And it's not just scheme that makes Arizona's pass rush dangerous, they also feature some tough matchups, most notably defensive end Chandler Jones, who has 28 sacks over the past two seasons, including 17 last year. Third-year defensive tackle Robert Nkemdiche, a first-round pick in 2016, is also off to a good start this year with two sacks and a forced fumble.
As is always the case, more goes into avoiding sacks than just good pass protection. One reason the Seahawks took fewer sacks last week is that they ran the ball more often and with more success than they had in the first two games, avoiding predictable passing situations and long down-and-distance scenarios—that was also a big factor in Seattle being better on third down. So while the pass blocking will need to be on point to handle an aggressive Arizona pass rush, the Seahawks can also help themselves by maintaining the balance they showed in last week's win.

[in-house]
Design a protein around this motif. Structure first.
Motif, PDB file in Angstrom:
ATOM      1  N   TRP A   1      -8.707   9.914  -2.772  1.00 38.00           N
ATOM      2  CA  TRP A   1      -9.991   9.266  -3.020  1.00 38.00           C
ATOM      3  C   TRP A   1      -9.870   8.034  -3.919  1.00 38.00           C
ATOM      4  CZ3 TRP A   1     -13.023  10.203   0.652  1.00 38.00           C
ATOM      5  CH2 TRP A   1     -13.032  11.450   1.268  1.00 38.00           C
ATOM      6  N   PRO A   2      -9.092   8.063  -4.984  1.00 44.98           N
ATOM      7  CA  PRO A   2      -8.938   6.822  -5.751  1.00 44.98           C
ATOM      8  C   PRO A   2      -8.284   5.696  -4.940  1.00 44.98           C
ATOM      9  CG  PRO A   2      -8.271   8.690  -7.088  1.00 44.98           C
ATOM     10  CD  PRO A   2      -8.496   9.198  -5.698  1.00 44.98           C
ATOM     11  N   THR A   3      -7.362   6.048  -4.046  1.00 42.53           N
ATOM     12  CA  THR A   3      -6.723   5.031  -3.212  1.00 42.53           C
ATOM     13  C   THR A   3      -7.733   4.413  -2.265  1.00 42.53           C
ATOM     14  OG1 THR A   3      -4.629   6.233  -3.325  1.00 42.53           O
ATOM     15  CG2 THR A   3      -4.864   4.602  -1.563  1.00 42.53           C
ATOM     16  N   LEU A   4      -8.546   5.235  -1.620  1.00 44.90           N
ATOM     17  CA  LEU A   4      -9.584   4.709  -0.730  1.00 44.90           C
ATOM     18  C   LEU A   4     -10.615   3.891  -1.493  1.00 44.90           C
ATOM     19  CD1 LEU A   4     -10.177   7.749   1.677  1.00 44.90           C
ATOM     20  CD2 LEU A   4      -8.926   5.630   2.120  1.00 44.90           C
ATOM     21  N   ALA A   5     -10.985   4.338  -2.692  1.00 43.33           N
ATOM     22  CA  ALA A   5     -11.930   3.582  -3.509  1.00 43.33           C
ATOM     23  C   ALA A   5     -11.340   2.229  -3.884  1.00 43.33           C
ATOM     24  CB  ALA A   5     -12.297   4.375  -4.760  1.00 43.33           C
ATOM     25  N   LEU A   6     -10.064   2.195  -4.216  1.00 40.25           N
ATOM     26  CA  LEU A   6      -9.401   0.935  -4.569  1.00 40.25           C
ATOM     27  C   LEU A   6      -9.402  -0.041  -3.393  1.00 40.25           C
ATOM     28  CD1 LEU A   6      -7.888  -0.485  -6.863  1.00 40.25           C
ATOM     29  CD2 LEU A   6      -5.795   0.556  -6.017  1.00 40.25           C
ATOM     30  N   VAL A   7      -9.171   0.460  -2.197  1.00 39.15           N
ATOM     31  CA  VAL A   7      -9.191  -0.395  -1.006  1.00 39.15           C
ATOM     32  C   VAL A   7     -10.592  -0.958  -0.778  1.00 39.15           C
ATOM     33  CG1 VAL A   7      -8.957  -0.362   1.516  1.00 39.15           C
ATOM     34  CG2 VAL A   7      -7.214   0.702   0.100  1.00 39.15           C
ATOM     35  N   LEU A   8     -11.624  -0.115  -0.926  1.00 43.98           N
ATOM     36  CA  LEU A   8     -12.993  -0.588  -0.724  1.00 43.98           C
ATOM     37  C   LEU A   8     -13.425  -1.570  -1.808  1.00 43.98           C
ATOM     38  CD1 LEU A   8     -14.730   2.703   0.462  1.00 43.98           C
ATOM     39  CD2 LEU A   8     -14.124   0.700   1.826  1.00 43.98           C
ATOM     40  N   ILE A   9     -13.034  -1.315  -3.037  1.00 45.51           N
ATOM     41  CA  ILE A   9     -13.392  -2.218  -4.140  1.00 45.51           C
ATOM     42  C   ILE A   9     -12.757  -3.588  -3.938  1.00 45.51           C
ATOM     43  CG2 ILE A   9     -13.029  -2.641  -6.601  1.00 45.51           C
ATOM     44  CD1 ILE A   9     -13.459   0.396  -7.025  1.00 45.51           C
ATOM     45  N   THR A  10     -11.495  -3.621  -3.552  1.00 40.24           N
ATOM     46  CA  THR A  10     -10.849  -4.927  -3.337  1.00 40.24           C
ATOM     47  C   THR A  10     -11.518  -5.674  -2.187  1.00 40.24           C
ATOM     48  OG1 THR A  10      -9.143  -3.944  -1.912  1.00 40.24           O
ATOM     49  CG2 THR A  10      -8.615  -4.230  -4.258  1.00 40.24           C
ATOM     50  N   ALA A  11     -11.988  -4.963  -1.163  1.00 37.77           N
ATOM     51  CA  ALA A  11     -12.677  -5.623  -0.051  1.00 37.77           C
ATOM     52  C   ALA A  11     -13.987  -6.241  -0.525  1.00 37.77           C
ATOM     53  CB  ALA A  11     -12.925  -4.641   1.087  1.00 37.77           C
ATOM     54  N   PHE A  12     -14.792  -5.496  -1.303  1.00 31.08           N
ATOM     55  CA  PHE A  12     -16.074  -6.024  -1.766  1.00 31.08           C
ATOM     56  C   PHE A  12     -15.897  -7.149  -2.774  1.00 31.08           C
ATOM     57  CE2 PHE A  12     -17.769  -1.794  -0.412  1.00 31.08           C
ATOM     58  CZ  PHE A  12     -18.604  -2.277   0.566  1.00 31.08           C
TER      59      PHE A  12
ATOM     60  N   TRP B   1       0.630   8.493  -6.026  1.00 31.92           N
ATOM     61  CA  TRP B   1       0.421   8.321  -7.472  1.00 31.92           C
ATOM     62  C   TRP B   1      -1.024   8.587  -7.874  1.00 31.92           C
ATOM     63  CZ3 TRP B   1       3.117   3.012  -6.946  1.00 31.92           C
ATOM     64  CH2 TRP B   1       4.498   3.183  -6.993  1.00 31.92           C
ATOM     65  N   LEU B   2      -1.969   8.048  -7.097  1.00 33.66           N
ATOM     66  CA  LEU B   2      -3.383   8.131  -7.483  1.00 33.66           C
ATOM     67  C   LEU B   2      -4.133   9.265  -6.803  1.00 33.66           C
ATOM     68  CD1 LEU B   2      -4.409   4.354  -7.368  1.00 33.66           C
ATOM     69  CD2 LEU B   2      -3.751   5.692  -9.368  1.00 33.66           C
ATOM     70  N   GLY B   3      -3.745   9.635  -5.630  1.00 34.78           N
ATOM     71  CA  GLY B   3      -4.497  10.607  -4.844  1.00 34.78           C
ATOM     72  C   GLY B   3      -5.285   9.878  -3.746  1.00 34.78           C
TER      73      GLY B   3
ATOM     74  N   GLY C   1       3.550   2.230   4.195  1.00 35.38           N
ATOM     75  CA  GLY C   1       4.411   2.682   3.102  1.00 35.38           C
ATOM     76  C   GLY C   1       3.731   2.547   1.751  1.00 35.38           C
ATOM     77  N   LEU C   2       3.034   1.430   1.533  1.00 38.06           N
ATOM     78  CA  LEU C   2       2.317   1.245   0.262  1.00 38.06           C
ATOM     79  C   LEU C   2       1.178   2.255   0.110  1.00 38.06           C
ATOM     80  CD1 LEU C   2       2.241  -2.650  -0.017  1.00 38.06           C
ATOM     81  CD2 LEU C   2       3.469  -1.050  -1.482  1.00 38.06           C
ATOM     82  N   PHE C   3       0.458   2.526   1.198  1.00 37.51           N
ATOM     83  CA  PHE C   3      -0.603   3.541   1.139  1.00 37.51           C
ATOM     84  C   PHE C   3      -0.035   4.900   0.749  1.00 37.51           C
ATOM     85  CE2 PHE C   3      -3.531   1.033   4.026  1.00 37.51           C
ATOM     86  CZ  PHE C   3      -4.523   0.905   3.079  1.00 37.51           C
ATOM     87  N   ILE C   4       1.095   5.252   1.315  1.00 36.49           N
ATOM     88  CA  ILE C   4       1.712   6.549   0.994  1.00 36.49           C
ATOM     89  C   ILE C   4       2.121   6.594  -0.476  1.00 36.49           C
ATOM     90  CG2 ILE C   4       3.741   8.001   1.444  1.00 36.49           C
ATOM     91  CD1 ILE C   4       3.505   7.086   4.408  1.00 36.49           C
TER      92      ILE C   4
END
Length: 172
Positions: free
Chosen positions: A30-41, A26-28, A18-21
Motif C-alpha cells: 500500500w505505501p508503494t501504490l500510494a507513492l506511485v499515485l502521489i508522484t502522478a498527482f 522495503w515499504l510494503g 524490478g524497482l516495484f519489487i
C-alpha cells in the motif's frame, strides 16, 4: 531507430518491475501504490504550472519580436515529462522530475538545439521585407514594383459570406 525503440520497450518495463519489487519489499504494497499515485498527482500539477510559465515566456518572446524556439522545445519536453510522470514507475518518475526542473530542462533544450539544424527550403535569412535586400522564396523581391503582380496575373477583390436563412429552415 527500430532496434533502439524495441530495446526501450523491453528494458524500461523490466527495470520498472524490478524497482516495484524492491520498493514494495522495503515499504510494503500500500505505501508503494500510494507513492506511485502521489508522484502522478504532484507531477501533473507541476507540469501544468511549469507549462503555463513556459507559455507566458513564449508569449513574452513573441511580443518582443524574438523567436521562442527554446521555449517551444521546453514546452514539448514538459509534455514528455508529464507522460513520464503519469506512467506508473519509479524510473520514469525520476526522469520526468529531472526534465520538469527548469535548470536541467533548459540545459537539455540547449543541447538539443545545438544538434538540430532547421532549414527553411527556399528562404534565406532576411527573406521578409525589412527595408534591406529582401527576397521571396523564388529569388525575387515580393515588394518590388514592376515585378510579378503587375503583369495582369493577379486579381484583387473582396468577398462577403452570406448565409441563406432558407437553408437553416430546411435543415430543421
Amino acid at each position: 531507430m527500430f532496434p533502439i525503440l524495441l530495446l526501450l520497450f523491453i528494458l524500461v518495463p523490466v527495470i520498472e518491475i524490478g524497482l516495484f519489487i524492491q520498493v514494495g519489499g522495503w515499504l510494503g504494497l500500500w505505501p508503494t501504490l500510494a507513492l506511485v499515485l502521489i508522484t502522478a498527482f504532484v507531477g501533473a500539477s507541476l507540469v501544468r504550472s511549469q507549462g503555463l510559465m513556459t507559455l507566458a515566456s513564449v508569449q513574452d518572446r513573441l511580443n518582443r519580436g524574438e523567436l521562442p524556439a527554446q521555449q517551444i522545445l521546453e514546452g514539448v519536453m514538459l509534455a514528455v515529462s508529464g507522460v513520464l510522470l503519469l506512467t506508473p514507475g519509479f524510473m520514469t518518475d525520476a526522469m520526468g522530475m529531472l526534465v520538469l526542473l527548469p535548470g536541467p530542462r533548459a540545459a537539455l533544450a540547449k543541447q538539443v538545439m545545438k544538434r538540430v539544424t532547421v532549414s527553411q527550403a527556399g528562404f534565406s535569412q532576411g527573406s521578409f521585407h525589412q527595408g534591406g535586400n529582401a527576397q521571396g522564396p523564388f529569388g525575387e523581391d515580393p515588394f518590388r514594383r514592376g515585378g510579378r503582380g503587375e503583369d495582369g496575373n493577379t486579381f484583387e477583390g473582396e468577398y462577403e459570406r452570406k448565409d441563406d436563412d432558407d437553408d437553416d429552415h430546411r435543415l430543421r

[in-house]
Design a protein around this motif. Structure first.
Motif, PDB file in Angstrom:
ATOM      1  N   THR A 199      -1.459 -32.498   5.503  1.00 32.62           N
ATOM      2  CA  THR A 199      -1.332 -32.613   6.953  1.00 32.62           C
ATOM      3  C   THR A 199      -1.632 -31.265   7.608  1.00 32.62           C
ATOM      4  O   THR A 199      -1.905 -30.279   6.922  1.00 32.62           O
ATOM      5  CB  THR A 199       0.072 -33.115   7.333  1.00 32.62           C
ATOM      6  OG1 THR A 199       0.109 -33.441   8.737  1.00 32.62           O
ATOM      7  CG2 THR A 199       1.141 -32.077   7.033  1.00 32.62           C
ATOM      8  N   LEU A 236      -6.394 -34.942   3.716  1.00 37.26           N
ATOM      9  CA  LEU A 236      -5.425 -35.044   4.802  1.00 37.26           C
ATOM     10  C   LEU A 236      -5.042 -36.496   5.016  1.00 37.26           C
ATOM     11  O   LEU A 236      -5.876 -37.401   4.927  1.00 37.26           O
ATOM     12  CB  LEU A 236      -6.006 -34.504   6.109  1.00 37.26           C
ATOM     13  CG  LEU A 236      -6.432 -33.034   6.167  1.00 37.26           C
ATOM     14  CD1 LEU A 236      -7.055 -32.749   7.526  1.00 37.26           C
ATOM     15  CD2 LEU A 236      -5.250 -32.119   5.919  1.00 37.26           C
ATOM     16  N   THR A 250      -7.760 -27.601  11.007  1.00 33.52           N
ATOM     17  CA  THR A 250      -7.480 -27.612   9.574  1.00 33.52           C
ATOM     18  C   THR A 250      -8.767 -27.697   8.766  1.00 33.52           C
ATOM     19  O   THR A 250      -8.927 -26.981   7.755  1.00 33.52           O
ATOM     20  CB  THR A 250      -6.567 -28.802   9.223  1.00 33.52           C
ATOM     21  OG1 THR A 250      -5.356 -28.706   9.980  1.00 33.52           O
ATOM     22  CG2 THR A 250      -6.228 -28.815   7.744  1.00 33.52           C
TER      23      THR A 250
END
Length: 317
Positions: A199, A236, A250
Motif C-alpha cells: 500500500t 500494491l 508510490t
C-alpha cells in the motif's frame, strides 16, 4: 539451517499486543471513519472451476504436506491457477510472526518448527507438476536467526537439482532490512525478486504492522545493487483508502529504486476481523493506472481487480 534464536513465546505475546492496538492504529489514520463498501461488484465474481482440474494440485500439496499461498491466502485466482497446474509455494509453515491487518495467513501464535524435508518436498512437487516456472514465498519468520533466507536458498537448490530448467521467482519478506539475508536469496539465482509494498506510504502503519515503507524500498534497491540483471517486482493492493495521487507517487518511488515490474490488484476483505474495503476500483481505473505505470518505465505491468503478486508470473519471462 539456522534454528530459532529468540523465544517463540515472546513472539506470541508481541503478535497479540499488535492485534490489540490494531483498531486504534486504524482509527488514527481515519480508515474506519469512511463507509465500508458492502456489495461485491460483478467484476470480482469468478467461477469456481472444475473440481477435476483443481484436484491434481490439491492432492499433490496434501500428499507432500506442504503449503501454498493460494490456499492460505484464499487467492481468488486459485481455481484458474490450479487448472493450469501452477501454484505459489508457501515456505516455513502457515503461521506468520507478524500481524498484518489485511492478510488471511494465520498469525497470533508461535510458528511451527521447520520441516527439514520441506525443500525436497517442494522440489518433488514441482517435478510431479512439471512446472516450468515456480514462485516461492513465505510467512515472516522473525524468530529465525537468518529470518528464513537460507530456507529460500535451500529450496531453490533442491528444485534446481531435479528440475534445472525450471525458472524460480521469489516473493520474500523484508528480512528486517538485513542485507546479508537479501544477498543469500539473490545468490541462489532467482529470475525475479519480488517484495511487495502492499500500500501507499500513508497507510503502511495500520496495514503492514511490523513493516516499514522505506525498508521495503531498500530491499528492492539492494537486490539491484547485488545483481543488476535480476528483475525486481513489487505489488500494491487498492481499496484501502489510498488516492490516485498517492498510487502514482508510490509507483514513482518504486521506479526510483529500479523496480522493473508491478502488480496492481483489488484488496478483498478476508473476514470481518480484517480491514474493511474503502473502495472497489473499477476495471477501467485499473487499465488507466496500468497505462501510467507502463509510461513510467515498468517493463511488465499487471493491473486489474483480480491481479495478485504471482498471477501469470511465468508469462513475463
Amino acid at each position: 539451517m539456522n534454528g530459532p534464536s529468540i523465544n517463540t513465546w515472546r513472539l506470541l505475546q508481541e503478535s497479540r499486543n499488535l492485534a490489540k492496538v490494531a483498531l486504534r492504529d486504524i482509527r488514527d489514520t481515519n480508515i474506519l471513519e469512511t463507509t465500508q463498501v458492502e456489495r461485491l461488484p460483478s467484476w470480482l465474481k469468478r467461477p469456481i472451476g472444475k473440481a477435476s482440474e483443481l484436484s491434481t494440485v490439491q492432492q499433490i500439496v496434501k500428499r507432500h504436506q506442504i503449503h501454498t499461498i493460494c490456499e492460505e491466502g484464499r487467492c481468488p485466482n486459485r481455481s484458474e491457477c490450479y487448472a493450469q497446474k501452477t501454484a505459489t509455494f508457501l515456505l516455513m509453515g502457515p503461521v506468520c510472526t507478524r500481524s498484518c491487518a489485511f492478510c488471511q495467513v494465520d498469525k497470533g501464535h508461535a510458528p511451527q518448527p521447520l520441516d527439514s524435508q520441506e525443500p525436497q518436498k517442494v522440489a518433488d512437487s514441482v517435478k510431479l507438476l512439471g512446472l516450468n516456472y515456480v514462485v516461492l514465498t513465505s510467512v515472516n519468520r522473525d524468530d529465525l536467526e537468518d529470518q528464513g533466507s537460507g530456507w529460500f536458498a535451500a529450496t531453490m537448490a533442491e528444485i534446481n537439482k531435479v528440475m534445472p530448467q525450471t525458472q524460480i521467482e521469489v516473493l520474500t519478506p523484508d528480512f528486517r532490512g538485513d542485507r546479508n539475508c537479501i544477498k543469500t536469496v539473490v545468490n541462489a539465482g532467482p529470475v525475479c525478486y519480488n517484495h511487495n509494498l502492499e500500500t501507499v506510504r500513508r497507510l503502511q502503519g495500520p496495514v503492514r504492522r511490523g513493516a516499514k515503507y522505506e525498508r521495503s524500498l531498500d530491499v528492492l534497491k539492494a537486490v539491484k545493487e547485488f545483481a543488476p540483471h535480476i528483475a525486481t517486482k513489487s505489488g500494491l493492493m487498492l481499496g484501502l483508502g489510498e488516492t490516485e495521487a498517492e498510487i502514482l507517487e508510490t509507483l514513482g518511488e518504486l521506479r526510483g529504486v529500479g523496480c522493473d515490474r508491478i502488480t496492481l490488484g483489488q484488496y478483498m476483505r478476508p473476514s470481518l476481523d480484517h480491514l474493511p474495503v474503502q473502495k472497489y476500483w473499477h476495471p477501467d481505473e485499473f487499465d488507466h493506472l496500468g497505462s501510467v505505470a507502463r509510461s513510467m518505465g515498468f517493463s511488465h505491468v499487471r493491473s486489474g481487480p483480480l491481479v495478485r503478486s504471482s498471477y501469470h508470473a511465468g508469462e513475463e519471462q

"We know we want to play with a balance," Schottenheimer said. "We want to get to that number of over fifty, close to fifty-five rushing attempts and completions. We were able to do that this week, but each week is a different story. We want to sustain it, but there's more to it than just calling runs to sustain it. You've got to do a great job on third down, you've got to stay ahead of the sticks, defense has got to do a great job giving the ball back, which they did. We think we can (stay balanced) and that's the expectation."
Take a look back through history at the Seahawks' matchups against the Cardinals as the two teams get ready to face off during Week 11 at Lumen Field.